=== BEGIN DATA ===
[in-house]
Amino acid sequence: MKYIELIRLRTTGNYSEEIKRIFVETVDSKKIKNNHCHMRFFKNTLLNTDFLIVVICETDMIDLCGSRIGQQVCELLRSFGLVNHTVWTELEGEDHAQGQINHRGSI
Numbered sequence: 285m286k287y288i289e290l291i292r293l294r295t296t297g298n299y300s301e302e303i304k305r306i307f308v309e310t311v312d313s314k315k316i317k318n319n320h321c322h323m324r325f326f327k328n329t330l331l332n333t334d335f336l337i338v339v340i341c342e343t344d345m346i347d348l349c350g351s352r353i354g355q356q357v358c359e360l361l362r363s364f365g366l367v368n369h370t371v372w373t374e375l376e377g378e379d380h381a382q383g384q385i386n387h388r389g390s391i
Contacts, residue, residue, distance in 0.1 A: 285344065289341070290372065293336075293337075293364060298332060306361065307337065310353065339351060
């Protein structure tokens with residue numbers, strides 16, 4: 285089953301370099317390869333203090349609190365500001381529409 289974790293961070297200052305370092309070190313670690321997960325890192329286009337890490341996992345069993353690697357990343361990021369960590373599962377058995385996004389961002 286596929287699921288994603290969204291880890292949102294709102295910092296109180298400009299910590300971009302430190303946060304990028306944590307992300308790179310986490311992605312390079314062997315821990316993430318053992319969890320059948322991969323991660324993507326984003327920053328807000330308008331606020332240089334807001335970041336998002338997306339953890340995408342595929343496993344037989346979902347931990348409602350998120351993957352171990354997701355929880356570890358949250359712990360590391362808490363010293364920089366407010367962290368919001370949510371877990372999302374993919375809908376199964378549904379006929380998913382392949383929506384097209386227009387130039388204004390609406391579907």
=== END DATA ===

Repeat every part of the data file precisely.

[in-house]
Amino acid sequence: MKYIELIRLRTTGNYSEEIKRIFVETVDSKKIKNNHCHMRFFKNTLLNTDFLIVVICETDMIDLCGSRIGQQVCELLRSFGLVNHTVWTELEGEDHAQGQINHRGSI
Numbered sequence: 285m286k287y288i289e290l291i292r293l294r295t296t297g298n299y300s301e302e303i304k305r306i307f308v309e310t311v312d313s314k315k316i317k318n319n320h321c322h323m324r325f326f327k328n329t330l331l332n333t334d335f336l337i338v339v340i341c342e343t344d345m346i347d348l349c350g351s352r353i354g355q356q357v358c359e360l361l362r363s364f365g366l367v368n369h370t371v372w373t374e375l376e377g378e379d380h381a382q383g384q385i386n387h388r389g390s391i
Contacts, residue, residue, distance in 0.1 A: 285344065289341070290372065293336075293337075293364060298332060306361065307337065310353065339351060
């Protein structure tokens with residue numbers, strides 16, 4: 285089953301370099317390869333203090349609190365500001381529409 289974790293961070297200052305370092309070190313670690321997960325890192329286009337890490341996992345069993353690697357990343361990021369960590373599962377058995385996004389961002 286596929287699921288994603290969204291880890292949102294709102295910092296109180298400009299910590300971009302430190303946060304990028306944590307992300308790179310986490311992605312390079314062997315821990316993430318053992319969890320059948322991969323991660324993507326984003327920053328807000330308008331606020332240089334807001335970041336998002338997306339953890340995408342595929343496993344037989346979902347931990348409602350998120351993957352171990354997701355929880356570890358949250359712990360590391362808490363010293364920089366407010367962290368919001370949510371877990372999302374993919375809908376199964378549904379006929380998913382392949383929506384097209386227009387130039388204004390609406391579907």